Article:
The Senate voted on Wednesday to approve a $2 trillion bill to cushion the economic fallout of the coronavirus pandemic, including hundreds of billions for companies and a massive expansion of unemployment benefits.
The Senate voted 96-0 to approve the measure, after two votes earlier in week failed along party lines. The House of Representatives is expected to take up the measure on Friday, and President Trump has said he will quickly sign it into law.
“It was a long, hard road,” said Minority Leader Charles Schumer, on the Senate floor. “This is a time when the American people need their government.”
Before the final vote, the Senate voted down an amendment from a handful of Republican Senators that would have capped unemployment benefits at no more than the recipient’s prior salary. That amendment, which required 60 votes for passage, failed on a vote of 48-48.
The stimulus bill provides a one-time payment of $1,200 to most American adults, plus $500 per child. It also provides for a dramatic expansion of unemployment insurance, including providing benefits to self-employed and freelance workers who have lost work due to the crisis.
The bill also provides $454 billion in loans and loan guarantees for large corporations hit by the pandemic, as well as $25 billion in loans for the airline industry and $17 billion for “businesses critical to maintaining national security.” Another $349 billion will be made available to small businesses, with the loans becoming grants if the businesses retain their workforce.
The bill includes some generous provisions for the hotel and restaurant industry, including one that allows owners of multiple hotel or restaurant locations to be classified as small businesses. It also includes $75 million each for the National Endowment for the Arts and the National Endowment for the Humanities, and $25 million for the John F. Kennedy Performing Arts Center in Washington, D.C.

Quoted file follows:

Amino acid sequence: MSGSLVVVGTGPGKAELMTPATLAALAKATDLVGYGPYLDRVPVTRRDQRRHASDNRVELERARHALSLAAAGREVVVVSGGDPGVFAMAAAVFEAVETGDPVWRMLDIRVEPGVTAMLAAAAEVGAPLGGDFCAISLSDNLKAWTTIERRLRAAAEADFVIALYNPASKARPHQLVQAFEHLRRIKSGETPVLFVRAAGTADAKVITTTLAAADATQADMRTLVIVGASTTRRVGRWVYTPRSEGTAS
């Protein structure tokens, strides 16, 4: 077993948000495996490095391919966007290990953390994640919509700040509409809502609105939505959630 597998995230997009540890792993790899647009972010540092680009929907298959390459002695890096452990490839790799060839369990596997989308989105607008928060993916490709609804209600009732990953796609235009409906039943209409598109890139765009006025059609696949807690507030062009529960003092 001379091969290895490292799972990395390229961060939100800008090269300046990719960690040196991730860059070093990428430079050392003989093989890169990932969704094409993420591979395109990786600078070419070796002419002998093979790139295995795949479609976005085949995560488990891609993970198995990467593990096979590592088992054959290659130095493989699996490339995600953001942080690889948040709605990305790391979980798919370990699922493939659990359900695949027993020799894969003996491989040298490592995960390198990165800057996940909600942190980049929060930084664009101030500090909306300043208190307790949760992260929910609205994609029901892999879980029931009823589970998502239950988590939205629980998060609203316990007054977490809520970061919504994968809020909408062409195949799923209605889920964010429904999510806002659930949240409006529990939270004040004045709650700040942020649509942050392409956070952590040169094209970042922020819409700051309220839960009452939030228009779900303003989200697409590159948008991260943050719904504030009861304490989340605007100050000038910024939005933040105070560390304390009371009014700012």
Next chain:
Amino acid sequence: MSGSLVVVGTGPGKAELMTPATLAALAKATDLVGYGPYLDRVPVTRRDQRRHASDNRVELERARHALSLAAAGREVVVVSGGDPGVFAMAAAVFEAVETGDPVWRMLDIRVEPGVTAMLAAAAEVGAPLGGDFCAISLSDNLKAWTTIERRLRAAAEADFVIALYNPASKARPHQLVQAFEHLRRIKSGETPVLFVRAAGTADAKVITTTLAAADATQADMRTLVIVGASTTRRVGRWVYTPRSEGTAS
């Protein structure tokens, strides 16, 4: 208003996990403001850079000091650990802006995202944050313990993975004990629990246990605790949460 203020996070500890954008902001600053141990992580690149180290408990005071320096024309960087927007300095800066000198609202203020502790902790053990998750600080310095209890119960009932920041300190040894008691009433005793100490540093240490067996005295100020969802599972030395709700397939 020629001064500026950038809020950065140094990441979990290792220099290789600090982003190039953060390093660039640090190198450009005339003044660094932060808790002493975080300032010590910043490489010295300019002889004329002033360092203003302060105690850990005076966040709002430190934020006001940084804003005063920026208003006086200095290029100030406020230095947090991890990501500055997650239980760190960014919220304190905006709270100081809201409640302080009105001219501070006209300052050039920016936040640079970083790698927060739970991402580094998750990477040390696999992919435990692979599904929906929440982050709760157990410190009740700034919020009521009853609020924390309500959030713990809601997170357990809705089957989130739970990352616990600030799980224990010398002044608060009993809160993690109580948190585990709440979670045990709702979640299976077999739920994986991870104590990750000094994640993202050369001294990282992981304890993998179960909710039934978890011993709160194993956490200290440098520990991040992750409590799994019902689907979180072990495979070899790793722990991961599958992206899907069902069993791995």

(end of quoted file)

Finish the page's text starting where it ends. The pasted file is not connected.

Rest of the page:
The bill does not include any specific handouts for the entertainment industry, which has also been hammered by the shuttering of theaters nationwide. The National Association of Theatre Owners (NATO), however, said the loan guarantees for both small and large businesses would help theaters pay their fixed costs during the shutdown.
“With this aid, movie theaters can get through this crisis confident in being able to re-open, knowing their vital, trained workforce is able to weather this pandemic and have jobs waiting for them when it is safe to reopen,” NATO said in a statement.
The stimulus bill will increase unemployment benefits by $600 a week over for four months — a massive increase. In California alone, one million people have filed for unemployment since March 13, according to Gov. Gavin Newsom. (The state typically averages about 2,000 claims per day.)
The bill had its critics. In a press conference on Wednesday morning, New York Gov. Andrew Cuomo said the bill was “terrible” for his state. He said New York has already spent more than $1 billion trying to respond to the pandemic, and expects to spend many times that before the crisis is over.
“New York City gets $1.3 billion from this package,” he said. “That is a drop in the bucket.”
Newsom, speaking later in the day, said he appreciated that California will receive $10 billion from the bill, but he cautioned that “there will need to be more in the future.”